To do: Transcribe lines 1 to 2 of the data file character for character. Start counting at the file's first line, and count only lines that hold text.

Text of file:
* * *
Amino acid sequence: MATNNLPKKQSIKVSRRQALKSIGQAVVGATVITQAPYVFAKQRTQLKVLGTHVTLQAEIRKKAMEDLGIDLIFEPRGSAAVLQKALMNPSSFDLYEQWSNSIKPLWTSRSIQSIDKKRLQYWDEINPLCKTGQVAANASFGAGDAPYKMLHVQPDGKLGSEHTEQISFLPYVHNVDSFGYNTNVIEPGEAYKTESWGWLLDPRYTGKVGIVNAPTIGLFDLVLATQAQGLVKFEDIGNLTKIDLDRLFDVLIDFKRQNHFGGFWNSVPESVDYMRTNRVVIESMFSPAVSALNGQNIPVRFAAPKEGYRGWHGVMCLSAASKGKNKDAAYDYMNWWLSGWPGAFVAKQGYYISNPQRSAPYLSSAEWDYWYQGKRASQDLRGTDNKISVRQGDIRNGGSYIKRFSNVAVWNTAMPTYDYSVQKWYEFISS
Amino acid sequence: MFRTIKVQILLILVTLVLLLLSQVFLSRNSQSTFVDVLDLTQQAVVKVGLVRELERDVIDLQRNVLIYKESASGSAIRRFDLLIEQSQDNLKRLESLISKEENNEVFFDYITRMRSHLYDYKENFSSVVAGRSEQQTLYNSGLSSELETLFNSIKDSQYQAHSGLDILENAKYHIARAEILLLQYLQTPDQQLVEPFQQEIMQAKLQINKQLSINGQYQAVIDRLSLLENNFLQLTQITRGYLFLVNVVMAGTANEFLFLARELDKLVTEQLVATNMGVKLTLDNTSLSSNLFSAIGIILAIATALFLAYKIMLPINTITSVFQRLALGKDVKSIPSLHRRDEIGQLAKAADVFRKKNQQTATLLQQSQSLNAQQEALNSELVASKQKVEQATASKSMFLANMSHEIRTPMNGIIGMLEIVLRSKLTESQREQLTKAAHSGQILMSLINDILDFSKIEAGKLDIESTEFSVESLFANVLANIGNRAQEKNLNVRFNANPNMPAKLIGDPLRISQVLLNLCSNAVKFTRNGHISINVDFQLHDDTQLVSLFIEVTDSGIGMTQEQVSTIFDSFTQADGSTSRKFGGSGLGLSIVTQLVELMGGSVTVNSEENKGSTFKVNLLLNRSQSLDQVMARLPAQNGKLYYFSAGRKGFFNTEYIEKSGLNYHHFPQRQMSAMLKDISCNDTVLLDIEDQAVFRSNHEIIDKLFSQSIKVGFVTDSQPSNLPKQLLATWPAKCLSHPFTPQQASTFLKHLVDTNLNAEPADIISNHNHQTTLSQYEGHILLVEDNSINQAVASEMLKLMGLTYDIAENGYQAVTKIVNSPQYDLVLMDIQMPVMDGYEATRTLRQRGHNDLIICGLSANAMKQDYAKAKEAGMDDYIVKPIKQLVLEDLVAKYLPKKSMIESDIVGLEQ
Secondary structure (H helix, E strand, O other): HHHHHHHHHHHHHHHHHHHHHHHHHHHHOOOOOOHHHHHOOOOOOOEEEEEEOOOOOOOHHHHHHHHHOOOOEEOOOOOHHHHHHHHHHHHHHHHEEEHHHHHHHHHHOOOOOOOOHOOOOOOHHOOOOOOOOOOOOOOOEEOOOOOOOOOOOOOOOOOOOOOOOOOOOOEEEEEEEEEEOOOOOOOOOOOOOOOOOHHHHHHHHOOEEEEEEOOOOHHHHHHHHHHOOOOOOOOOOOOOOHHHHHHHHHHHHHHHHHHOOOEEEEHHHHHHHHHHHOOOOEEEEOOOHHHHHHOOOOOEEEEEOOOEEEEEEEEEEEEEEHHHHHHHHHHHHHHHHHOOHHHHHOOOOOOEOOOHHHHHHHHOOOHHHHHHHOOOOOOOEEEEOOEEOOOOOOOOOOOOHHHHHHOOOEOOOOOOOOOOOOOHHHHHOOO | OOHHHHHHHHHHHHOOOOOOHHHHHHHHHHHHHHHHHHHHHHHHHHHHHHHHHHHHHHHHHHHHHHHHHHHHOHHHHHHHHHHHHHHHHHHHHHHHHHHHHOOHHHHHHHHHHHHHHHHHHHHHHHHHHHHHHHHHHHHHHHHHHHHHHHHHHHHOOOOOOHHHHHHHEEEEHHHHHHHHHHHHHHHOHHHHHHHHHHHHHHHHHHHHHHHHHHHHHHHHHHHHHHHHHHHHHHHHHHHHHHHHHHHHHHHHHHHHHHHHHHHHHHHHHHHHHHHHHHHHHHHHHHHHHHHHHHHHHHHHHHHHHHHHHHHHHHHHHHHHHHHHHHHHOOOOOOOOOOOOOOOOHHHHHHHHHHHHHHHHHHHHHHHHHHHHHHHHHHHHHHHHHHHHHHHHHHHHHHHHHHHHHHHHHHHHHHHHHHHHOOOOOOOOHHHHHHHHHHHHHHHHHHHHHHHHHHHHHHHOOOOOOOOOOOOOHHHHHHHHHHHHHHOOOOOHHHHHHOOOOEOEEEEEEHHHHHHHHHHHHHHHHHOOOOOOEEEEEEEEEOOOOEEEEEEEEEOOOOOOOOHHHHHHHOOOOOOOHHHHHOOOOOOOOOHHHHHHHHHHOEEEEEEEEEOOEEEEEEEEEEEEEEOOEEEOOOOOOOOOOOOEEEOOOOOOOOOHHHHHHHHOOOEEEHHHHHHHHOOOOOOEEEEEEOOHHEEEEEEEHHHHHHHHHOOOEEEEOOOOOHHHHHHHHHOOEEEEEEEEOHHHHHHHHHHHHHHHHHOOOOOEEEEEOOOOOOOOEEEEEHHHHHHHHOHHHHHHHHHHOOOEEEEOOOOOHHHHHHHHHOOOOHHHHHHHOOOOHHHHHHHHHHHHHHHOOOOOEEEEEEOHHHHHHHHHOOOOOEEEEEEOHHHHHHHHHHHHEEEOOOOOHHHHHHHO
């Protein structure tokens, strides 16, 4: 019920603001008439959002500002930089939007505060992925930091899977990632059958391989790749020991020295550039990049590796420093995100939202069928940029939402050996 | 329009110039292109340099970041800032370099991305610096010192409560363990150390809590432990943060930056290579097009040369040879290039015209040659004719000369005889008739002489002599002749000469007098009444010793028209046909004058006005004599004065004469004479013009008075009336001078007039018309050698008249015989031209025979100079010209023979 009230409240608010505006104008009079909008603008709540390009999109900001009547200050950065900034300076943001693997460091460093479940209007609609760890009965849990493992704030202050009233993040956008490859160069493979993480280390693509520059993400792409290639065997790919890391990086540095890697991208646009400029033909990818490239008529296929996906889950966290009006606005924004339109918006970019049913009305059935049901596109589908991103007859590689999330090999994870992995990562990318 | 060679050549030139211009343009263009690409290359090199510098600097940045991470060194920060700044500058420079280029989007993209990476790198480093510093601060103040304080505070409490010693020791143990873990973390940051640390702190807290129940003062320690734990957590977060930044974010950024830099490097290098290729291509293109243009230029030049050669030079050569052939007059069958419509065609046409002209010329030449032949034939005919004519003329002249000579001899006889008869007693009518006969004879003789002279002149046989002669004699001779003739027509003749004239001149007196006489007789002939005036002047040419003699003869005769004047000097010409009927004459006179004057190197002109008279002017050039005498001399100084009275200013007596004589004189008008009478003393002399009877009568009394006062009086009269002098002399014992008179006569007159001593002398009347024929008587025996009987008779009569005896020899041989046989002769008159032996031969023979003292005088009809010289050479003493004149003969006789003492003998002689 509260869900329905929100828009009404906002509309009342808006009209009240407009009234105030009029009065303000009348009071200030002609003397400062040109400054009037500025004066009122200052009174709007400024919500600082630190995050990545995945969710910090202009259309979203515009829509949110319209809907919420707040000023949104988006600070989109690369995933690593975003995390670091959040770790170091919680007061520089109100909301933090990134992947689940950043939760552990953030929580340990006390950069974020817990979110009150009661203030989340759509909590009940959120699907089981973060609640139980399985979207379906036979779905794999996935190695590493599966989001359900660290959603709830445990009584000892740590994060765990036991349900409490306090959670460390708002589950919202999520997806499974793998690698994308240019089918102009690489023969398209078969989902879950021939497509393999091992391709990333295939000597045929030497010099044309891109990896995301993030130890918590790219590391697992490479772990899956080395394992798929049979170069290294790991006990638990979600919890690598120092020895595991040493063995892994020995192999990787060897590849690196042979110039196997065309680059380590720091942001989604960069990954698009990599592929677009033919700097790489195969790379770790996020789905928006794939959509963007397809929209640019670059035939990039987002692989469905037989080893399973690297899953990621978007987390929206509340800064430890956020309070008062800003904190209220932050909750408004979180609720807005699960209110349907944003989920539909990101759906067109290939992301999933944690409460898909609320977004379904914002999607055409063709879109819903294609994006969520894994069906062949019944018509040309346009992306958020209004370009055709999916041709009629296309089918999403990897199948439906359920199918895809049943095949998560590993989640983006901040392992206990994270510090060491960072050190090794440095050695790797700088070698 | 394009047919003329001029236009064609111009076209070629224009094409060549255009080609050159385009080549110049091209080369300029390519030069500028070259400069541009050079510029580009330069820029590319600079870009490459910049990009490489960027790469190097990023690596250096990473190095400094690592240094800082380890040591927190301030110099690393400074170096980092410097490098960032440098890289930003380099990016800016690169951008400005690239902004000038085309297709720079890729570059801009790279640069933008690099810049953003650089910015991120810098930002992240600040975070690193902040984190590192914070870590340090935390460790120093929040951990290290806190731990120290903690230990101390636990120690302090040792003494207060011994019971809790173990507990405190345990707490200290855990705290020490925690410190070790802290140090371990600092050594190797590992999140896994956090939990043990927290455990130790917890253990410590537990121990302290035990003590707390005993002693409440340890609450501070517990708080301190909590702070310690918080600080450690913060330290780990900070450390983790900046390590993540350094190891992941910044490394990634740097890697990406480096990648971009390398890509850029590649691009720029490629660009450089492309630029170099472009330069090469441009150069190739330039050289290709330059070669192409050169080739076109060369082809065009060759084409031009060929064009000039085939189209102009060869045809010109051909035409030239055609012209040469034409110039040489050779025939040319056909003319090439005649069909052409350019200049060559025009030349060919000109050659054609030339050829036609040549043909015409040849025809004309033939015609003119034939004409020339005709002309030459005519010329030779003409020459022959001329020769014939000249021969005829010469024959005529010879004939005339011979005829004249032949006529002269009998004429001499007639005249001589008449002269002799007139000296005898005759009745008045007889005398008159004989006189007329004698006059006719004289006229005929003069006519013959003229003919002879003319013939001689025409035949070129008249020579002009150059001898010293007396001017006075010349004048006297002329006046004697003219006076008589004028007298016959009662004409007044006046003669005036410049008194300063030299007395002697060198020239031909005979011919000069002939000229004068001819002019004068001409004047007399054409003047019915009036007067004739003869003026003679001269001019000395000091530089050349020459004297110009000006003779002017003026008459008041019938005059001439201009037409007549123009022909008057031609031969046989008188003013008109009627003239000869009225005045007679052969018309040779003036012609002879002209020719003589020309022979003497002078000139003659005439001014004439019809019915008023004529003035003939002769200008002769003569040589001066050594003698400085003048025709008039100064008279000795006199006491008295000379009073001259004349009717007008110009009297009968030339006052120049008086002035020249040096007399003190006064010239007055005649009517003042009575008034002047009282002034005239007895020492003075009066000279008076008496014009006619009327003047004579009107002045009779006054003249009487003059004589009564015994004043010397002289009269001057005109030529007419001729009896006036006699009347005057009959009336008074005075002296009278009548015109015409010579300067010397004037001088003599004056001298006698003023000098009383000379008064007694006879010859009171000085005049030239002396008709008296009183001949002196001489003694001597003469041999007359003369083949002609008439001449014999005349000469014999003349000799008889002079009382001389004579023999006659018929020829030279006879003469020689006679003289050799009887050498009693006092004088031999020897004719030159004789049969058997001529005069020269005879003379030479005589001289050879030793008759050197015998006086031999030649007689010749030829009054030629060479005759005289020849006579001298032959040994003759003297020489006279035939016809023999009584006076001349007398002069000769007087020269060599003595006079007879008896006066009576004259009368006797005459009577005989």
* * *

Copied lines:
Amino acid sequence: MATNNLPKKQSIKVSRRQALKSIGQAVVGATVITQAPYVFAKQRTQLKVLGTHVTLQAEIRKKAMEDLGIDLIFEPRGSAAVLQKALMNPSSFDLYEQWSNSIKPLWTSRSIQSIDKKRLQYWDEINPLCKTGQVAANASFGAGDAPYKMLHVQPDGKLGSEHTEQISFLPYVHNVDSFGYNTNVIEPGEAYKTESWGWLLDPRYTGKVGIVNAPTIGLFDLVLATQAQGLVKFEDIGNLTKIDLDRLFDVLIDFKRQNHFGGFWNSVPESVDYMRTNRVVIESMFSPAVSALNGQNIPVRFAAPKEGYRGWHGVMCLSAASKGKNKDAAYDYMNWWLSGWPGAFVAKQGYYISNPQRSAPYLSSAEWDYWYQGKRASQDLRGTDNKISVRQGDIRNGGSYIKRFSNVAVWNTAMPTYDYSVQKWYEFISS
Amino acid sequence: MFRTIKVQILLILVTLVLLLLSQVFLSRNSQSTFVDVLDLTQQAVVKVGLVRELERDVIDLQRNVLIYKESASGSAIRRFDLLIEQSQDNLKRLESLISKEENNEVFFDYITRMRSHLYDYKENFSSVVAGRSEQQTLYNSGLSSELETLFNSIKDSQYQAHSGLDILENAKYHIARAEILLLQYLQTPDQQLVEPFQQEIMQAKLQINKQLSINGQYQAVIDRLSLLENNFLQLTQITRGYLFLVNVVMAGTANEFLFLARELDKLVTEQLVATNMGVKLTLDNTSLSSNLFSAIGIILAIATALFLAYKIMLPINTITSVFQRLALGKDVKSIPSLHRRDEIGQLAKAADVFRKKNQQTATLLQQSQSLNAQQEALNSELVASKQKVEQATASKSMFLANMSHEIRTPMNGIIGMLEIVLRSKLTESQREQLTKAAHSGQILMSLINDILDFSKIEAGKLDIESTEFSVESLFANVLANIGNRAQEKNLNVRFNANPNMPAKLIGDPLRISQVLLNLCSNAVKFTRNGHISINVDFQLHDDTQLVSLFIEVTDSGIGMTQEQVSTIFDSFTQADGSTSRKFGGSGLGLSIVTQLVELMGGSVTVNSEENKGSTFKVNLLLNRSQSLDQVMARLPAQNGKLYYFSAGRKGFFNTEYIEKSGLNYHHFPQRQMSAMLKDISCNDTVLLDIEDQAVFRSNHEIIDKLFSQSIKVGFVTDSQPSNLPKQLLATWPAKCLSHPFTPQQASTFLKHLVDTNLNAEPADIISNHNHQTTLSQYEGHILLVEDNSINQAVASEMLKLMGLTYDIAENGYQAVTKIVNSPQYDLVLMDIQMPVMDGYEATRTLRQRGHNDLIICGLSANAMKQDYAKAKEAGMDDYIVKPIKQLVLEDLVAKYLPKKSMIESDIVGLEQ